1. Not finding help here? Sign up for a free 30min tutor trial with Chegg Tutors
    Dismiss Notice
Dismiss Notice
Join Physics Forums Today!
The friendliest, high quality science and math community on the planet! Everyone who loves science is here!

Identifying Self-Adjoint Operators

  1. Jan 14, 2010 #1
    1. The problem statement, all variables and given/known data

    If A has eigenvalues 0 and 1, corresponding to the eigenvectors (1,2) and (2, -1), how can one tell in advance that A is self-adjoint and real.

    2. Relevant equations

    e=m^2

    3. The attempt at a solution

    I can show that A is real: it has real orthogonal eigenvectors and real eigenvalues which form a basis of R2, so any real vector is transformed by A to another vector in R2. It follows that all of the components of A are real.

    Showing that the matrix is self-adjoint, however, is trickier for me. I know that eigenvectors corresponding to distinct eigenvalues of a self-adjoint matrix are orthogonal, and clearly these eigenvectors are orthogonal. However, I don't think is is a sufficient condition. If a matrix has two orthogonal eigenvectors, surely that doesn't mean it is self-adjoint, right?

    So how can you know at a glance (that is, without reconstructing A by finding the unitary operators formed by taking its eigenvectors as columns), that A is self-adjoint?
     
  2. jcsd
  3. Jan 14, 2010 #2
    What can you say about the diagonal matrix of eigenvalues?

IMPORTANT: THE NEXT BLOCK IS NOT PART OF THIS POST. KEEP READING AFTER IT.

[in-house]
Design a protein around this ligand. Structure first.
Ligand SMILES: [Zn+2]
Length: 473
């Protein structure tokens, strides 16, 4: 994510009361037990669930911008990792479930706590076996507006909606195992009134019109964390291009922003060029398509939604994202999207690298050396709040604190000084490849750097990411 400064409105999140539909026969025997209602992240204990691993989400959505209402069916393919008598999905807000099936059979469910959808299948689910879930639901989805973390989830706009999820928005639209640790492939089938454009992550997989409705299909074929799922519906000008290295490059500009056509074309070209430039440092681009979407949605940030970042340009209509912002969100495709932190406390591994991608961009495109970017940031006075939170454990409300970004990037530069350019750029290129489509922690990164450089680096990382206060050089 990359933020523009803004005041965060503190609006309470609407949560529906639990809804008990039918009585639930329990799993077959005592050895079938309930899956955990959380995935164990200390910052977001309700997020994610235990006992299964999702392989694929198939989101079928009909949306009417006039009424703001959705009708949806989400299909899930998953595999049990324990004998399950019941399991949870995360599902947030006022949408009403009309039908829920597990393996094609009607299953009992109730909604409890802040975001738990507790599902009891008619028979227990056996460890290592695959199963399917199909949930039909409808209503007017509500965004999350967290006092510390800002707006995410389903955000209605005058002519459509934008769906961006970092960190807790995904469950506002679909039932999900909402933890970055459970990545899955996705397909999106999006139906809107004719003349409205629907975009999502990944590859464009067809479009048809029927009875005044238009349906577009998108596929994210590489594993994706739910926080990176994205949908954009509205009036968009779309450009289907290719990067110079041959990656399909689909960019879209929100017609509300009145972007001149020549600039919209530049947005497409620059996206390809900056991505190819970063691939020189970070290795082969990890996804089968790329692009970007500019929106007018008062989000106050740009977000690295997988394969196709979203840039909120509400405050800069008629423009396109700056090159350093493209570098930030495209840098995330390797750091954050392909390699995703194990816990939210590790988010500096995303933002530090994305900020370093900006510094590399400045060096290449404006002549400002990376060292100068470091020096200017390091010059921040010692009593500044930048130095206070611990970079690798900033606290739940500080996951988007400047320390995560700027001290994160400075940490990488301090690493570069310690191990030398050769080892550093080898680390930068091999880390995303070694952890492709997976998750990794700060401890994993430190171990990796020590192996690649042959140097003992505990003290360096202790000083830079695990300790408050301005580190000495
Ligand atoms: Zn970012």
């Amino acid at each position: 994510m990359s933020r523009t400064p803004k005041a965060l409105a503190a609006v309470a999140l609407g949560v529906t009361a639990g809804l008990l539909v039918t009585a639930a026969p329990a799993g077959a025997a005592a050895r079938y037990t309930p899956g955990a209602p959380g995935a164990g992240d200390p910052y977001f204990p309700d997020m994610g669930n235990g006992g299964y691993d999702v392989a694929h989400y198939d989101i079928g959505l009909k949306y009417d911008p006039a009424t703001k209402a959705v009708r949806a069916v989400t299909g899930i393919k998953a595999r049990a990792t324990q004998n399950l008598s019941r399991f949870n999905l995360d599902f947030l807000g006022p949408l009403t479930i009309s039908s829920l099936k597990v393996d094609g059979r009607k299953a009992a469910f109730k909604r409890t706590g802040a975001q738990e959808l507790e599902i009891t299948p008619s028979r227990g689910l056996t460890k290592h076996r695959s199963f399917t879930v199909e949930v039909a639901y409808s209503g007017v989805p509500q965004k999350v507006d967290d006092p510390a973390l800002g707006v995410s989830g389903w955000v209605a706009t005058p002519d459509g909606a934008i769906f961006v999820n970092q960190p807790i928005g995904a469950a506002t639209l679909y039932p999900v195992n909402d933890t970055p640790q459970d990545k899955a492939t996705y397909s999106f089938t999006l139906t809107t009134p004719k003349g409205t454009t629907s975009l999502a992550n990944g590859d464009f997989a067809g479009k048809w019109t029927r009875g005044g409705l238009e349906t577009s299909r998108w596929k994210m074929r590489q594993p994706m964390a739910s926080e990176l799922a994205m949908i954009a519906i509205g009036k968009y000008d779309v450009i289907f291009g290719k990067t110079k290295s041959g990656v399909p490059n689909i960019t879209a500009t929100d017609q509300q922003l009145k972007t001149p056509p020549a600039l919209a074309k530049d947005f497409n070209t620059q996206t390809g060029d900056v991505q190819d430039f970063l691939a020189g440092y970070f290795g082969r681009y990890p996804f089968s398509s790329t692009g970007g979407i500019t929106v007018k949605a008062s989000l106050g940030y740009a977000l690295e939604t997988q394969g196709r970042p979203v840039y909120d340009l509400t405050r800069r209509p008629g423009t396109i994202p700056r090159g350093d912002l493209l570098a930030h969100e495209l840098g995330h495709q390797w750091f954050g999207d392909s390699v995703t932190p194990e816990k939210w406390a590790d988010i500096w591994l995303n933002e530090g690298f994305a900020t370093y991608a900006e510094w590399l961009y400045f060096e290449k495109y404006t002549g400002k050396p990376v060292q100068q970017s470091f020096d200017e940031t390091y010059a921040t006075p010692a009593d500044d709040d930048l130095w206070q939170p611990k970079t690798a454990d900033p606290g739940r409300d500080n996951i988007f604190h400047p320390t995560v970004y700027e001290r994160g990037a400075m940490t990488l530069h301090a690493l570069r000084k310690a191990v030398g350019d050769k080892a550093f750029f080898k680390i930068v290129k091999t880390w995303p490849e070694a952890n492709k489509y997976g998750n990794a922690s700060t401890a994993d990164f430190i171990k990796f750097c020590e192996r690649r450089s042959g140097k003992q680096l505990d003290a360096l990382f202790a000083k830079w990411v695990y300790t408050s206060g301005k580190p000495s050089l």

What can you say about any conjugate of a self-adjoint matrix?
     
  4. Jan 14, 2010 #3

    Matterwave

    User Avatar
    Science Advisor
    Gold Member

    Perhaps it'd be easier if you noted that a self-adjoint matrix which is real, is simply a symmetric matrix.
     
  5. Jan 14, 2010 #4
    I'm not quite getting why these are relevant. The conjugate of a self-adjoint matrix A is just A transposed. Not sure what is so interesting about the diagonal matrix of eigenvalues...
     
  6. Jan 14, 2010 #5
    Write down the diagonal matrix of eigenvalues in this situation. Write down its adjoint. Can you see a relationship?
     
  7. Jan 15, 2010 #6

    vela

    User Avatar
    Staff Emeritus
    Science Advisor
    Homework Helper
    Education Advisor

    Think about how the original matrix A and the diagonal matrix of eigenvalues are related.

    Edit: Oh, I missed you had written this:
    Construct the matrix with the eigenvectors as columns. Do you notice anything about it?
     
  8. Jan 15, 2010 #7
    Bam!, I think I have it.

    A is diagonalizable, so...

    [tex]A = U^\ast \Lambda U[/tex]

    And so:

    [tex]A^\ast = U^\ast \Lambda ^\ast U[/tex]

    But the eigenvalues are all real, so big lambda is self-adjoint, and we can say that:

    [tex] A^\ast = U^\ast \Lambda U = A[/tex]

    I think that does it. Cool beans.
     
Know someone interested in this topic? Share this thread via Reddit, Google+, Twitter, or Facebook




Similar Discussions: Identifying Self-Adjoint Operators
  1. Self Adjoint Operator (Replies: 9)

  2. Self-adjoint operator (Replies: 1)

Loading...